-axel
Logged

Axel Bauer
godtfred.com
H2|M679CS|P45+
TechTalk
Sr. Member
****
Offline Offline

Posts: 295


« Reply #105 on: November 29, 2007, 01:23:53 AM »
ReplyReply

Quote
The H3D-39 vs. P45+ ISO400 test, as promised!

And also as promised I'll eat my words           

Both images using the same lens (100mm f2.2) P45+ on a H2 body, focus distance is the same, and the cameras where tripod mounted with mirror up. Same exposure for both (f5.6, 1/80).

Everything is zeroed in every software (C1, Flex, ACR.) Every software is latest non-beta version. Each image has its own histogram pasted on top... The same levels type adjustment to bring out any problems is used.

I'll make raw files available in a couple of days to those who would like them... (please say so on the board, if there are fewer than 1 taker, I won't go to the trouble.)

enjoy. -axel
[attachment=4066:attachment]

EDIT: The hassy file has to go through .dng conversion to be operable in ACR, this loses a lot of the hassy data like color accuracy etc. (or so hassy claims... and is correct in my experience with different hassy systems over the last couple of years.)
[a href=\"index.php?act=findpost&pid=156740\"][{POST_SNAPBACK}][/a]
First question... Why did you choose a non-standard set-up in FlexColor when you shot and also saved the image? In both cases the "Film Response" curve is set to "Low Contrast" instead of "Standard or "Linear". Seems an odd choice. I've never used it for any image.

Second question... What is the point of this exercise of crushing and destroying image data and quality with radical compression and gamma settings? It does show that you can create image problems that would not exist otherwise, but other than that what are we learning?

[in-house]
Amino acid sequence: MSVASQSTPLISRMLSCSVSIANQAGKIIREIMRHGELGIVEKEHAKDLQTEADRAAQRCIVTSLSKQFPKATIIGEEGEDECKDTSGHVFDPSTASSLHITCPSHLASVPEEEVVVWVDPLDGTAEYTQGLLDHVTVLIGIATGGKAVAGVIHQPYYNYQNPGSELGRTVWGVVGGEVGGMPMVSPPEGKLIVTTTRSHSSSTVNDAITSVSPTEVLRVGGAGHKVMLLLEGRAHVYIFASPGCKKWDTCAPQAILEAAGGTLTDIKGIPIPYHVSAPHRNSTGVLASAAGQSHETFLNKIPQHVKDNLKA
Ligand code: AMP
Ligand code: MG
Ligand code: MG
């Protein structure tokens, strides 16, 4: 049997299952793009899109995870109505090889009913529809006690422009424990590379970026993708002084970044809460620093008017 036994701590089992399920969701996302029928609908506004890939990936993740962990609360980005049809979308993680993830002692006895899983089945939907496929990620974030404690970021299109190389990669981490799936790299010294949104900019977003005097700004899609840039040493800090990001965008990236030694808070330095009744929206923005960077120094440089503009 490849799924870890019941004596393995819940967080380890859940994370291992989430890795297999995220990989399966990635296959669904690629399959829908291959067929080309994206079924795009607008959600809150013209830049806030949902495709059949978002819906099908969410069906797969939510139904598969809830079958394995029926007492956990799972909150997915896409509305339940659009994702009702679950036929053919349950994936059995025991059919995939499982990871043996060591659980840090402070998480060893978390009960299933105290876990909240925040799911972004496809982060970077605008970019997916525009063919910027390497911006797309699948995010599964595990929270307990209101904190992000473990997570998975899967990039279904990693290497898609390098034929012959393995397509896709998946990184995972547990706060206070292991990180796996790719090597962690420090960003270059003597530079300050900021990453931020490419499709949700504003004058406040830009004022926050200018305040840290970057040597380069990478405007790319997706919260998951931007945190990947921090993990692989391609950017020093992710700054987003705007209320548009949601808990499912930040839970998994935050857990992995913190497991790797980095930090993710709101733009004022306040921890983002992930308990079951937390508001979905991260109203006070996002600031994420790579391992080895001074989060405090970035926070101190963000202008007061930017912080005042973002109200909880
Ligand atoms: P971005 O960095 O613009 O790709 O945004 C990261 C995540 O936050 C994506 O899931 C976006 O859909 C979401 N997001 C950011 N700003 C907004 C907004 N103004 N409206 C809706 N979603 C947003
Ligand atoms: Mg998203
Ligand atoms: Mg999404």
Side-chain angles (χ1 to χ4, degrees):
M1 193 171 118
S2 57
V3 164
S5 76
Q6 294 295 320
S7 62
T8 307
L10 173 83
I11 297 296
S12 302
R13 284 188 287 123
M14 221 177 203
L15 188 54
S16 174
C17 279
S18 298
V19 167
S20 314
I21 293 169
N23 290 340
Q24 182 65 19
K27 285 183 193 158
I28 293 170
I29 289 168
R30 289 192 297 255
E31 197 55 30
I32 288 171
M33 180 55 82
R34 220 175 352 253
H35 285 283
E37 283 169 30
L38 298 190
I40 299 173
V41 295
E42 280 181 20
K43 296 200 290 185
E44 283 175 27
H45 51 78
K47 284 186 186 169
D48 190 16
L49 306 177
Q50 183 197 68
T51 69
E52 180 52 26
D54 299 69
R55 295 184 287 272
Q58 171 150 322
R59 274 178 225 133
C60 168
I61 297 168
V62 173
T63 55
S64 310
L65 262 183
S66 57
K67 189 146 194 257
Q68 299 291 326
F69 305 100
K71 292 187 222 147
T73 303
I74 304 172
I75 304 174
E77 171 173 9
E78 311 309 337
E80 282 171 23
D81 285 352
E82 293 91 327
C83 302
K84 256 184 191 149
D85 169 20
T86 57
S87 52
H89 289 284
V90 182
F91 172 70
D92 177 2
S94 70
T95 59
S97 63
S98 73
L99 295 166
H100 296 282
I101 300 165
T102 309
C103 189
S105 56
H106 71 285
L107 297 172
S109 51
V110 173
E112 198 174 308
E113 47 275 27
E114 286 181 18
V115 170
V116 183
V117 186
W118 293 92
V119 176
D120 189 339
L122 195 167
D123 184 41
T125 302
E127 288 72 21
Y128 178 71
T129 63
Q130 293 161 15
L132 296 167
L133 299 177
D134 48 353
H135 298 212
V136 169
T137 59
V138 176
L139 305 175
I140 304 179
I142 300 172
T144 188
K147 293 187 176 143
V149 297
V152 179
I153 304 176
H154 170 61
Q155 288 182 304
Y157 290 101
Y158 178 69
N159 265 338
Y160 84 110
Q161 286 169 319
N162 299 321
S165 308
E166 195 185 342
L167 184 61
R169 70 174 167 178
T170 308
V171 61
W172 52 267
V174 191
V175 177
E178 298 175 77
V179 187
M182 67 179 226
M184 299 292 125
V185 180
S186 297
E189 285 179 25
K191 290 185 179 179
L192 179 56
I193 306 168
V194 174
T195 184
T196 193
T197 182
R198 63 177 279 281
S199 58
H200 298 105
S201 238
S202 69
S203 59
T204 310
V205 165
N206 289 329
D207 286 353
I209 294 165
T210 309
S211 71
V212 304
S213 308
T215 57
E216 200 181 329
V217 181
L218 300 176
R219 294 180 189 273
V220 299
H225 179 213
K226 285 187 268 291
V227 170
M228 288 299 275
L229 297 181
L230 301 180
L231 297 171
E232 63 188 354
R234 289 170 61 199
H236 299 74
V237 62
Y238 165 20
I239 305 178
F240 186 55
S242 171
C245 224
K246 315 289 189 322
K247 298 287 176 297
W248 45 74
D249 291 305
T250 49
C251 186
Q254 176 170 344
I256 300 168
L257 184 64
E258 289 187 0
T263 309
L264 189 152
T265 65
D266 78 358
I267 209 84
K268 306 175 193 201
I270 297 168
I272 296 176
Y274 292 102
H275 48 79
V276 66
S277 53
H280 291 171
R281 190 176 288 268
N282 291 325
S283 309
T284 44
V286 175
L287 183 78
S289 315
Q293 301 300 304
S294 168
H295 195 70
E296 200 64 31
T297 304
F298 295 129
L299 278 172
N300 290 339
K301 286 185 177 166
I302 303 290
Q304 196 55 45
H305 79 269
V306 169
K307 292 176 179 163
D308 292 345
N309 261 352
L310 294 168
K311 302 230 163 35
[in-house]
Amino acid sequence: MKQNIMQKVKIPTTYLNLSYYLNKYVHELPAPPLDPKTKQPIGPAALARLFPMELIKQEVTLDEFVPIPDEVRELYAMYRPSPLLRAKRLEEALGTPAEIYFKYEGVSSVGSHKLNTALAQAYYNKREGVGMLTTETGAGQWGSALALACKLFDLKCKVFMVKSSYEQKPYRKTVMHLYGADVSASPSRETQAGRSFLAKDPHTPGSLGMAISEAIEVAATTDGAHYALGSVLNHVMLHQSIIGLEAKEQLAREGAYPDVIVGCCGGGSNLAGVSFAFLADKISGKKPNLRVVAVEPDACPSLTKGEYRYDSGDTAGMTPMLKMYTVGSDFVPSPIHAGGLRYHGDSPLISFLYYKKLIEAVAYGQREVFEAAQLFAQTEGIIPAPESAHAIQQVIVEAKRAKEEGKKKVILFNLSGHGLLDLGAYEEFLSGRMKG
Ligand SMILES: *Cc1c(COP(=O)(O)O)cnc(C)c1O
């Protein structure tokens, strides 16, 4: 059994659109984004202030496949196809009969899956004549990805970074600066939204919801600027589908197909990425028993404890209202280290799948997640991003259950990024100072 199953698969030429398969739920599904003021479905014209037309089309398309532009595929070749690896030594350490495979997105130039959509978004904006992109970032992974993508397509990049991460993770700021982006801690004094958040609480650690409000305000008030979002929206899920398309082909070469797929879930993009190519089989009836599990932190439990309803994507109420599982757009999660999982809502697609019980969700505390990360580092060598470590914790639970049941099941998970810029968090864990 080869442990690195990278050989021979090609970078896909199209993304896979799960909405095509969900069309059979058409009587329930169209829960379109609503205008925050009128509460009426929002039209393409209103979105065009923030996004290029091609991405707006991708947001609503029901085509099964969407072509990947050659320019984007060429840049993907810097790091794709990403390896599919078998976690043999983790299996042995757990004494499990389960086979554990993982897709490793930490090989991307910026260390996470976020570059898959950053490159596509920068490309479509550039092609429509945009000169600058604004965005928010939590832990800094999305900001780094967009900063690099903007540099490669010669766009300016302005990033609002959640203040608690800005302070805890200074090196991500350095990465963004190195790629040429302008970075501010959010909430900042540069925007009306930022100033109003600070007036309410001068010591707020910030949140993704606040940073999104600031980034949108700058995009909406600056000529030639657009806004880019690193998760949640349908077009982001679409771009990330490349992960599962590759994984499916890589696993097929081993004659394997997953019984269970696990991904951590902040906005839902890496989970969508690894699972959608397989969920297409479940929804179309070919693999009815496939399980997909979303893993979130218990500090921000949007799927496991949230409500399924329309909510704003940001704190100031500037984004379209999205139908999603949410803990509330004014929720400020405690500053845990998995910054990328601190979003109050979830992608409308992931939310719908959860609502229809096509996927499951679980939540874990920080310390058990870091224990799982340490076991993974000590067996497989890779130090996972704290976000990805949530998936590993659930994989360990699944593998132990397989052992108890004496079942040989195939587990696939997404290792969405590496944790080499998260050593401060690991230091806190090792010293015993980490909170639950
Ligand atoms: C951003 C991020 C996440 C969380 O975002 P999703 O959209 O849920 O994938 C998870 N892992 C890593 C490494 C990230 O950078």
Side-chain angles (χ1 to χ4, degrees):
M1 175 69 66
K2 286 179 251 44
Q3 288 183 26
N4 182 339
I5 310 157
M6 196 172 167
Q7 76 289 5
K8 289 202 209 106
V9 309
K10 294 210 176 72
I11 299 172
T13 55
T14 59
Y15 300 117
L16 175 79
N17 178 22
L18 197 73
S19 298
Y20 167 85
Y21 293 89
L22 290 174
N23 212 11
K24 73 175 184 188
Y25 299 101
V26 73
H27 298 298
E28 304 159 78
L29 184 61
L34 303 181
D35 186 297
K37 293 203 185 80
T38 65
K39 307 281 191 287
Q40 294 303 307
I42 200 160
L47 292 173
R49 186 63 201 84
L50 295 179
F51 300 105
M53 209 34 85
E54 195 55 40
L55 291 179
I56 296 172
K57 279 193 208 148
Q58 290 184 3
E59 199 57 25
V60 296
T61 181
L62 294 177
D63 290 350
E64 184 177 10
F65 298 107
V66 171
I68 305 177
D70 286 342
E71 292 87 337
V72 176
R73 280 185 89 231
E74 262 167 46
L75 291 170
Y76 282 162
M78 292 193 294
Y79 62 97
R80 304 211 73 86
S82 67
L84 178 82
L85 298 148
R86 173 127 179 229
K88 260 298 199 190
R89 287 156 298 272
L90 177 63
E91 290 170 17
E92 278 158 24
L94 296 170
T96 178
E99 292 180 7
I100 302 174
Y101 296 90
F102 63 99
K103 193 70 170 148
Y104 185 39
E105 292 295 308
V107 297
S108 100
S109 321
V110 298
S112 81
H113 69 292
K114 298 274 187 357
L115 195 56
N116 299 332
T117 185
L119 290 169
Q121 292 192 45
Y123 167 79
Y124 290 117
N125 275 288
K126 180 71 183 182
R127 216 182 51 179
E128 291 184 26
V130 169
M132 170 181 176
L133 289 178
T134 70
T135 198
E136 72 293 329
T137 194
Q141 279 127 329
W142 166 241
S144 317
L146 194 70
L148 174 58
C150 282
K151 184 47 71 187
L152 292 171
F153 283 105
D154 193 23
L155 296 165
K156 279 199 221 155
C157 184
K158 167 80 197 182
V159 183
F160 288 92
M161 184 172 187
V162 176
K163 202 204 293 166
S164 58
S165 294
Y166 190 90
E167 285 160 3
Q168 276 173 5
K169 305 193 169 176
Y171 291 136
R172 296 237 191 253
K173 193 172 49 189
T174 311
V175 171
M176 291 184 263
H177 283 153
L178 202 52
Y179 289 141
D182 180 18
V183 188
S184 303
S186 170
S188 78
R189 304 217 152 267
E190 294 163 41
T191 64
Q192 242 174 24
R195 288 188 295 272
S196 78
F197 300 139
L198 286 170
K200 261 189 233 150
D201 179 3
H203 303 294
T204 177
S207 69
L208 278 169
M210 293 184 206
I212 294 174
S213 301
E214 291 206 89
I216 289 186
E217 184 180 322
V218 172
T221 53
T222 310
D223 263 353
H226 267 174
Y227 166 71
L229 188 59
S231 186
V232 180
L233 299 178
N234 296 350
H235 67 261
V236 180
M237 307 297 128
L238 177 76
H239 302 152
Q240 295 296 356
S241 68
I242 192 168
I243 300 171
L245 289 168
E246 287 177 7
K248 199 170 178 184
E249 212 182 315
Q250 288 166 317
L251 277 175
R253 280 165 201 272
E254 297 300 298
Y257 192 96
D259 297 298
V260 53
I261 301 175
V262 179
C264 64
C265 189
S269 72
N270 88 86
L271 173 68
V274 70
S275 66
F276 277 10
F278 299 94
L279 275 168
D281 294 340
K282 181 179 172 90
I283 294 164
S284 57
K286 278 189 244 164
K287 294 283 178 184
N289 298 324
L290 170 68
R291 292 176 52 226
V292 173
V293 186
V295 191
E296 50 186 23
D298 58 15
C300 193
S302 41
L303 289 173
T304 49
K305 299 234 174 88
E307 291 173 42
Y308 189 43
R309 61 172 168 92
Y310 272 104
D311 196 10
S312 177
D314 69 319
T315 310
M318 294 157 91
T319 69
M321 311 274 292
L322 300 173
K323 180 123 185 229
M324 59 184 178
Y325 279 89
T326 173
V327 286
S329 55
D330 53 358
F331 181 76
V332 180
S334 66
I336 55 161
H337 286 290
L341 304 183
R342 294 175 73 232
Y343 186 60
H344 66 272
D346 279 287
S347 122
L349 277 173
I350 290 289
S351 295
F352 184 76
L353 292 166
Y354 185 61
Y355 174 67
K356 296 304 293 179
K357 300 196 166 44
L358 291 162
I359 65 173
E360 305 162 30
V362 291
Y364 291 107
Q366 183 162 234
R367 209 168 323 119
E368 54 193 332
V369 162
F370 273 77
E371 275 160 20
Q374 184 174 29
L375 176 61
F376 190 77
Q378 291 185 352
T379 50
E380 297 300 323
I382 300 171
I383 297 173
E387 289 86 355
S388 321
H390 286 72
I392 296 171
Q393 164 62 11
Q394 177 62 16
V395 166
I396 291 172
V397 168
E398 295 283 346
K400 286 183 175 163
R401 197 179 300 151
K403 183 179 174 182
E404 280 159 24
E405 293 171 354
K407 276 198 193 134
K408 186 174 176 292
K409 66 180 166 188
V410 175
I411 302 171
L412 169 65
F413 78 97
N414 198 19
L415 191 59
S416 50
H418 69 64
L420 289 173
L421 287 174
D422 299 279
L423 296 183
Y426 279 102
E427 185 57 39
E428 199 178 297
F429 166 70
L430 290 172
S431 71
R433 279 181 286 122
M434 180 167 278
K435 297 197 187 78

I've attached a png file (from the H3D RAW) that has zero noise bias or color noise setting. It simply has a standard film response setting and the black point set to the most conservative end point.

[attachment=4075:attachment]
« Last Edit: November 29, 2007, 01:30:12 AM by TechTalk » Logged
eronald
Sr. Member
****
Offline Offline

Posts: 3645



WWW
« Reply #106 on: November 29, 2007, 01:33:07 AM »
ReplyReply

Edmund is going to say "how really astonishing that we have total zero values in an image file!"

That piece of cloth was imaged on an average Paris day, in room light where I could clearly see. There is texture to be seen on the cloth. No way the physics of the situation could push all those pixels on the cloth down to absolute zero.

Some sort of firmware cleanup seems to be going round and doing some sweeping up here, methinks.

Edmund


Quote
2. This shot is not so bad, but Edmund's CF000965 had 10.5% of all pixels with value zero (his other posted shot had 64%).